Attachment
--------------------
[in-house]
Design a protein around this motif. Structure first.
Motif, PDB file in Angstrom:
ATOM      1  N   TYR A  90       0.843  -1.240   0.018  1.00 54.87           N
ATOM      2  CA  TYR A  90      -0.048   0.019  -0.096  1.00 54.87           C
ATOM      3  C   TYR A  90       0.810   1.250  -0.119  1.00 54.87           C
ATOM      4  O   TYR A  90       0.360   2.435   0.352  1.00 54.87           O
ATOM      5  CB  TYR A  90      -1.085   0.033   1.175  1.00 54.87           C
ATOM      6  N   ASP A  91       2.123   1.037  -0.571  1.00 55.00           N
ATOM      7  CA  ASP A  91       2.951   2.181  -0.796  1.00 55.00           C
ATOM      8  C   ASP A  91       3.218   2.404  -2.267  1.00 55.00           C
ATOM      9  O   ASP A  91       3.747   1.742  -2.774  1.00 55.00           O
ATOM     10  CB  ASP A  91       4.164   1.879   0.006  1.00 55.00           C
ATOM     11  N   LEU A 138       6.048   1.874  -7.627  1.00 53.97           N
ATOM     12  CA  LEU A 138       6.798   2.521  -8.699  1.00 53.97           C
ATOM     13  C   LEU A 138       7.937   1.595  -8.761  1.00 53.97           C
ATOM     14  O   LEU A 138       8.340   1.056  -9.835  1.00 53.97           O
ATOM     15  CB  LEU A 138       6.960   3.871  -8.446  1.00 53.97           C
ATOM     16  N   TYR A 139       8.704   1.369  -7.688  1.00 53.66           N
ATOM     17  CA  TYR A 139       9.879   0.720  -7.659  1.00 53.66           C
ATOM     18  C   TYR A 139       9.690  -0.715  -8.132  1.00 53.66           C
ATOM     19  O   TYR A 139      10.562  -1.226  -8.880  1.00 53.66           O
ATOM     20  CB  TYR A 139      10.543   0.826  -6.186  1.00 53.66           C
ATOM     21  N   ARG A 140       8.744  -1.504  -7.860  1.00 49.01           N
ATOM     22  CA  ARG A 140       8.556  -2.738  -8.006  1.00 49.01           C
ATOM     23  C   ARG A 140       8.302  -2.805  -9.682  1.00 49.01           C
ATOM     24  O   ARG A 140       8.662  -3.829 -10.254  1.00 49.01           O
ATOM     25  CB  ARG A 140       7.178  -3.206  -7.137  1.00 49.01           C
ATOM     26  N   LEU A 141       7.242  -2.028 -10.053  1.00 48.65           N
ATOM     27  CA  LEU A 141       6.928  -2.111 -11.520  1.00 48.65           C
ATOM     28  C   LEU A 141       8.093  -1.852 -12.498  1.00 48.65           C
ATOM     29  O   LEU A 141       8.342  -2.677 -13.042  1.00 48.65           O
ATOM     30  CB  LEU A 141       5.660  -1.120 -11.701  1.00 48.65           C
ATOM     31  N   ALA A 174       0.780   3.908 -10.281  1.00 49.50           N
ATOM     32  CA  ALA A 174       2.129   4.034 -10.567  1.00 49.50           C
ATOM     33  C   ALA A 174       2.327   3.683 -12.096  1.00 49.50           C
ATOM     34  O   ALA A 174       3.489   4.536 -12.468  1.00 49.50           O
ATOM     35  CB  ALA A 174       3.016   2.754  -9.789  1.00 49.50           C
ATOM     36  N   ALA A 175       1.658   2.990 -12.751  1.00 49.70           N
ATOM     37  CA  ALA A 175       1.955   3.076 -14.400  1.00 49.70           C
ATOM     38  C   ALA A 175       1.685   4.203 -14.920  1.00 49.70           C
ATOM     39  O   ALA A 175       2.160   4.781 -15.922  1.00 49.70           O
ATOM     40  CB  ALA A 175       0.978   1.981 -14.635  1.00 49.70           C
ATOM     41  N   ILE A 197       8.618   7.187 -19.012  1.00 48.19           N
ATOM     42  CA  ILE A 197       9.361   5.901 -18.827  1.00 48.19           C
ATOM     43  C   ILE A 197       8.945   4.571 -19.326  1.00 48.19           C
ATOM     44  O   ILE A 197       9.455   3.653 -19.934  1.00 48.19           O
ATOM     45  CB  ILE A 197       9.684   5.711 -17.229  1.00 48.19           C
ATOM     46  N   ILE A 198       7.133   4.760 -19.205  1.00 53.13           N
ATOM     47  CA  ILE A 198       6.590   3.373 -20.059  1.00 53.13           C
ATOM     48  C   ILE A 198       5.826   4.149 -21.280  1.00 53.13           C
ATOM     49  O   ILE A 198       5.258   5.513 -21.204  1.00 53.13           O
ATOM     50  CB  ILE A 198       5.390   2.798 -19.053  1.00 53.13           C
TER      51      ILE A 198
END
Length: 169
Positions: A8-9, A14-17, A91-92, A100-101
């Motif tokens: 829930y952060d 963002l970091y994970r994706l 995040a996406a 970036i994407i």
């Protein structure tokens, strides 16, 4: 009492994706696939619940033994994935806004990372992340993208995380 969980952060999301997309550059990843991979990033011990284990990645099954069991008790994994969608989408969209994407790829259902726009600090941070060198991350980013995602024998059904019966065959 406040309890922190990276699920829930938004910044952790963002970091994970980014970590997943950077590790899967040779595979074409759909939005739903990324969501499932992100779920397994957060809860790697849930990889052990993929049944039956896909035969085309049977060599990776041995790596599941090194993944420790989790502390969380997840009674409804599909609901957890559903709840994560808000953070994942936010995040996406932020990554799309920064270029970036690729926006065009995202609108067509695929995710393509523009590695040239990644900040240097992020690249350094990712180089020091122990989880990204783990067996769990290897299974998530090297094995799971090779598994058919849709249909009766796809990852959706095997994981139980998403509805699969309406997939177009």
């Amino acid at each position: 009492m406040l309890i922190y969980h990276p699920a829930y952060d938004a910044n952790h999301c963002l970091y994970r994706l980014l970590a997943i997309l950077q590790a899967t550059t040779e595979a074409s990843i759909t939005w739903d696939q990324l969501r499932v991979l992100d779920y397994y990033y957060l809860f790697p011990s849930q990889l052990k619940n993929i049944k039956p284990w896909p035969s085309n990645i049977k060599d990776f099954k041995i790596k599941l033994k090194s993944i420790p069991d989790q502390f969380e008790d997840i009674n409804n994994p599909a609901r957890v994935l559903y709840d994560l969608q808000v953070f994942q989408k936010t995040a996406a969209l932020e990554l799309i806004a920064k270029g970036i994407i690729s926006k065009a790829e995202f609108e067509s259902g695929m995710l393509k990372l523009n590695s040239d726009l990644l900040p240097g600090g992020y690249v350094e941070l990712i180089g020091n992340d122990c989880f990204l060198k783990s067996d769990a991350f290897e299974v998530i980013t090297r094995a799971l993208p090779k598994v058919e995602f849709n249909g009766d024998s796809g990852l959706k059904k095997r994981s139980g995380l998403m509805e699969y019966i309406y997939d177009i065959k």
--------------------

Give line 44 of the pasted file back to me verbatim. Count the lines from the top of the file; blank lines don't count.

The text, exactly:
ATOM     41  N   ILE A 197       8.618   7.187 -19.012  1.00 48.19           N